Franz Boas: Boon or Bane?

  title={Franz Boas: Boon or Bane?},
  author={Herbert S. Lewis},
  journal={Reviews in Anthropology},
  pages={169 - 200}
Franz Boas organized and shaped American anthropology. No academic discipline of similar scope owed so much to just one person. Within three decades of coming to the United States from Germany he had trained the anthropologists who established its place within the universities and redirected its tone and ethos as well as its theories. The biographies under review help us understand the background, aims, and drive of the man. We shall consider, in particular, the impact he had on the political… 

Boas and Boasians, once again

  • S. Kan
  • Linguistics
    Reviews in Anthropology
  • 2022
Abstract The present review discusses two recent works dealing with Franz Boas: a biography by Rosemary Lévy Zumwalt and a book on Boas and several members of his school by Charles King. The

Back to Boas

I fear a major and growing loss of knowledge, both of the ethnographic record and of the gains to our understanding of human behavior derived from earlier anthropology. But the problems have not been

Franz Boas and Friends? Not Really

Abstract Blackhawk, Ned, and Isaiah L. Wilner. 2018. Indigenous Visions: Rediscovering the World of Franz Boas. New Haven: Yale University Press. The editors of this volume proclaim their intention

Editor’s introduction

The history of anthropology in North America is very closely intertwined with Native cultures in the United States and Canada. As Polly Strong observes, the first generation of American

Neo-Boasianism, a form of critical structural realism: It’s better than the alternative

A good paper should have fortifying doses of reason and revelation. The revelation in this paper is the identity of ‘the alternative’ mentioned in the title. The article reasons that neo-Boasianism

Mathematics and Magic Realism: A Study of "The Raven Legend"

This article demonstrates that “The Raven Legend”, a Haida myth transcribed by Franz Boas in 1888, is full of (ethno)mathematical concepts that Haida society used to make sense of the natural, real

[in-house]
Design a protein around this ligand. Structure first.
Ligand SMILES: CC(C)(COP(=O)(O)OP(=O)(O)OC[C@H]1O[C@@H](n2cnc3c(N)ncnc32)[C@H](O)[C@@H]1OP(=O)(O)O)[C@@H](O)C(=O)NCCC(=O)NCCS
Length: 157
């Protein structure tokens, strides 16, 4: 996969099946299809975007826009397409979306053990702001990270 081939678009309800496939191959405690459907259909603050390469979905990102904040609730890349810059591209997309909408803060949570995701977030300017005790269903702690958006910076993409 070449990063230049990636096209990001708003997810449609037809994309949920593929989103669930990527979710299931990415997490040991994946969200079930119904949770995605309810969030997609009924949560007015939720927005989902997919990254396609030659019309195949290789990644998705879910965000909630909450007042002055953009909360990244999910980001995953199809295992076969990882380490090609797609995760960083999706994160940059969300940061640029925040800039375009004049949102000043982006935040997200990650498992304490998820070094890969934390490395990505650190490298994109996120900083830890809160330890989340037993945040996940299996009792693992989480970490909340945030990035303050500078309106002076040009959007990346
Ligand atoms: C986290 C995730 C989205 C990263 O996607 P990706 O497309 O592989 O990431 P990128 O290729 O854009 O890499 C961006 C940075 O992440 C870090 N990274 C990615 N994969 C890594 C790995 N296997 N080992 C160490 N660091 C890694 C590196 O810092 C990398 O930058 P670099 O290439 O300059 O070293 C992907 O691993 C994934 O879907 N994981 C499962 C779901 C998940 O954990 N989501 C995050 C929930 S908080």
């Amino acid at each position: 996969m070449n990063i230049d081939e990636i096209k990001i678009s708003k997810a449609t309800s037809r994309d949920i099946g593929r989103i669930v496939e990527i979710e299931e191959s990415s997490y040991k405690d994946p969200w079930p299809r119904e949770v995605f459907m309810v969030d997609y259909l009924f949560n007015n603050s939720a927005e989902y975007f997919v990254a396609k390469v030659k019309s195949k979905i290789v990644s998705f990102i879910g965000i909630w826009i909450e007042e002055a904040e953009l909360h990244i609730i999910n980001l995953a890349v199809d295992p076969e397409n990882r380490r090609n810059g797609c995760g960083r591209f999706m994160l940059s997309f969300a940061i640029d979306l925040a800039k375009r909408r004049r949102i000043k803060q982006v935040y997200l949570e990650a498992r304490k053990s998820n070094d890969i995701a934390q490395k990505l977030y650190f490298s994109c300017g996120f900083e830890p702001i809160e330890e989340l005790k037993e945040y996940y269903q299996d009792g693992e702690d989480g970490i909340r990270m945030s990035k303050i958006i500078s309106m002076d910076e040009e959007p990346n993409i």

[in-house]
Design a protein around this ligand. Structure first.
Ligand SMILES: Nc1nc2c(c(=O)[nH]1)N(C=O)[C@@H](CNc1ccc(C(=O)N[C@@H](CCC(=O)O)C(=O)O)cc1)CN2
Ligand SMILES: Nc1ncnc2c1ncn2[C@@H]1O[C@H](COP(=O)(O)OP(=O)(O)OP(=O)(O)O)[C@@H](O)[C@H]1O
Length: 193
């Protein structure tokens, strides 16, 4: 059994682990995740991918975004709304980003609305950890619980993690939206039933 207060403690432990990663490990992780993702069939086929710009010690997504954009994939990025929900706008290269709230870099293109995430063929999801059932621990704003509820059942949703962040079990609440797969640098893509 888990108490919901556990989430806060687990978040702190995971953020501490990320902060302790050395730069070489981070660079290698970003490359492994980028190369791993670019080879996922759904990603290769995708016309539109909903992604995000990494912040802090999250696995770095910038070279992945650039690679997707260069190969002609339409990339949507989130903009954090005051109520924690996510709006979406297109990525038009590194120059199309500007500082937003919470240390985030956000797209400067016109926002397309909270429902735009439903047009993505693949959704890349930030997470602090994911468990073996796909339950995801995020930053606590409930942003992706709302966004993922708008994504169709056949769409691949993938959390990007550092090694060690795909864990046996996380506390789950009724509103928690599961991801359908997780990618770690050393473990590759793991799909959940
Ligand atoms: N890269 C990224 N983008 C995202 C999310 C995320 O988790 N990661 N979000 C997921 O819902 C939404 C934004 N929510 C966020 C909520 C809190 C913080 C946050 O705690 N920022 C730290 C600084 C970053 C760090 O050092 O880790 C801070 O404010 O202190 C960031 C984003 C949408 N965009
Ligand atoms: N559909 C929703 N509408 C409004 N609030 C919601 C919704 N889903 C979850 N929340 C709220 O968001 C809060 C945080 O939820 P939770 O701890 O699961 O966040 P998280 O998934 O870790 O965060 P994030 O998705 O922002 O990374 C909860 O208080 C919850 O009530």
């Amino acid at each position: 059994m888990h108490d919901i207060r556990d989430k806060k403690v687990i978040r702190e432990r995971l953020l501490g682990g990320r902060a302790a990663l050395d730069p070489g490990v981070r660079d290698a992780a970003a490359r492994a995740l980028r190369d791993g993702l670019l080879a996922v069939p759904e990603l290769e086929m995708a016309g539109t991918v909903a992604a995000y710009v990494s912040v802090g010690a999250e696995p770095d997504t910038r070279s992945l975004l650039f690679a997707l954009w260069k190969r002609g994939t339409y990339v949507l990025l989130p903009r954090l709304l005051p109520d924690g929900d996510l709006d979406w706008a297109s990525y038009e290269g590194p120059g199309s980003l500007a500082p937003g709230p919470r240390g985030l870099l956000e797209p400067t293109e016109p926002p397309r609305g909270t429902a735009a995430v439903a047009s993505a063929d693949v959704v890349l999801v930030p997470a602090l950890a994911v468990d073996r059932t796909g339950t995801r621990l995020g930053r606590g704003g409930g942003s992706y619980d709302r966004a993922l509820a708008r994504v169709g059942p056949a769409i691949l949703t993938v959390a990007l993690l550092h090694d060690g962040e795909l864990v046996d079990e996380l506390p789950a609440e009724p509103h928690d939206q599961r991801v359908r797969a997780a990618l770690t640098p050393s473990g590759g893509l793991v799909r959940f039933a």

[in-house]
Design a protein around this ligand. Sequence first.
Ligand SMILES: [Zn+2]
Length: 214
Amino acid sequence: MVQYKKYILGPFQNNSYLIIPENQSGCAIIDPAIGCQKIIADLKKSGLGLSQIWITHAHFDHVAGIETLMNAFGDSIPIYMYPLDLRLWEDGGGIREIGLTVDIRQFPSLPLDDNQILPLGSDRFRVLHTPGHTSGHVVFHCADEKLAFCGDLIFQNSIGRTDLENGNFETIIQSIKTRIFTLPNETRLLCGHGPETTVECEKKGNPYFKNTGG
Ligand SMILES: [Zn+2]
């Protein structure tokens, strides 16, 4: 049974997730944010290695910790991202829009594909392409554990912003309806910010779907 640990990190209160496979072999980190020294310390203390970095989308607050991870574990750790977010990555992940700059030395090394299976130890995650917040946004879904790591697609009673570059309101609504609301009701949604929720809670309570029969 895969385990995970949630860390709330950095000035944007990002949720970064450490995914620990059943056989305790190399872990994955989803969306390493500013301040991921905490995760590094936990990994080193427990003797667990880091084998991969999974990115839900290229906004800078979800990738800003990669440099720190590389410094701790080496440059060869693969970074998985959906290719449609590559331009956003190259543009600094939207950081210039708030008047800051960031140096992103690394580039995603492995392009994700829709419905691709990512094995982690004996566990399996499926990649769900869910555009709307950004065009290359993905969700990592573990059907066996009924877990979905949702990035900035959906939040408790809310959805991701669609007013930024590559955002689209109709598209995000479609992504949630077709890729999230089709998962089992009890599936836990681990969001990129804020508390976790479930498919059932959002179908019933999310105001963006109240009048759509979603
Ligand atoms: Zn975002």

“Here is our man”: Dundes Discovered, The Development of the Folklore Program at the University of California, Berkeley

Abstract:This paper focuses on the recruitment of Alan Dundes to the University of California, Berkeley, and his work with William Bascom in founding the Folklore Program. Using primarily the William

Jewish Women's Transracial Epistemological Networks: Representations of Black Women in the African Diaspora, 1930–1980

Part of the African History Commons, African Languages and Societies Commons, African Studies Commons, Gender and Sexuality Commons, History of Gender Commons, History of Religion Commons, History of



Boas, Foucault, and the “Native Anthropologist”: Notes toward a Neo-Boasian Anthropology

This article proposes the possibility of a neo-Boasian anthropology conceived at the intersection of Foucauldian genealogy, Boasian historicism, and the epistemic rethinking of the discipline's

Volksgeist as Method and Ethic: Essays on Boasian Ethnography and the German Anthropological Tradition

Franz Boas, the founding figure of anthropology in America, came to the United States from Germany in 1886. This volume in the History of Anthropology series explores the extent and significance of

Boas and Holism

Some anthropologists advocate going back to Boas’s anthropology to retrieve his sense of the individual and agency, among other things. Such a “psycho-logical Boas” could only exist in his holistic

The Passion of Franz Boas

The reputation of Franz Boas as a scientist declined in the decades after his death in 1942, but his reputation as a champion of human rights and an opponent of racism remained intact. More recently,

And Along Came Boas: Continuity and revolution in Americanist anthropology

The advent of Franz Boas on the North American scene irrevocably redirected the course of Americanist anthropology. This volume documents the revolutionary character of the theoretical and

Franz Boas: cultural history for the present, or obsolete natural history?

Recently, some neo-Boasian anthropologists have portrayed Boas as an anthropologist with a deep sense of history, of the individual, and of agency. Focusing on Boas's ethnographic practice rather

Types Distinct from Our Own: Franz Boas on Jewish Identity and Assimiliation

Boas's published writings on assimilation were deeply influenced by his German Jewish background. In particular, his unwillingness to recognize Jewish cultural identity as a reality was central to

The Promise of Particularism and the Theology of Culture: Limits and Lessons of “Neo‐Boasianism”

This article compares the status of “culture” as a politically engaged concept in Franz Boas's time and in our own time. Taking a Boasian approach to “neo-Boasianism,” I examine the limits of this

Invisible Genealogies: A History of Americanist Anthropology

Regna Darnell, Lincoln and London: University of Nebraska Press, 2001, xxvii + 373 pages.Reviewer: Naomi McPherson Okanagan University CollegeThere is a "rhetoric of discontinuity" among contemporary

The Influence of Edward Said and Orientalism on Anthropology, or: Can the Anthropologist Speak?

  • H. Lewis
  • Art
    Postcolonial Theory and the Arab-Israel Conflict
  • 2007
In Orientalism, Edward Said ignores anthropology almost entirely, except to allow that Clifford Geertz was not so bad. It did not take long, however, for other writers practising literary theory and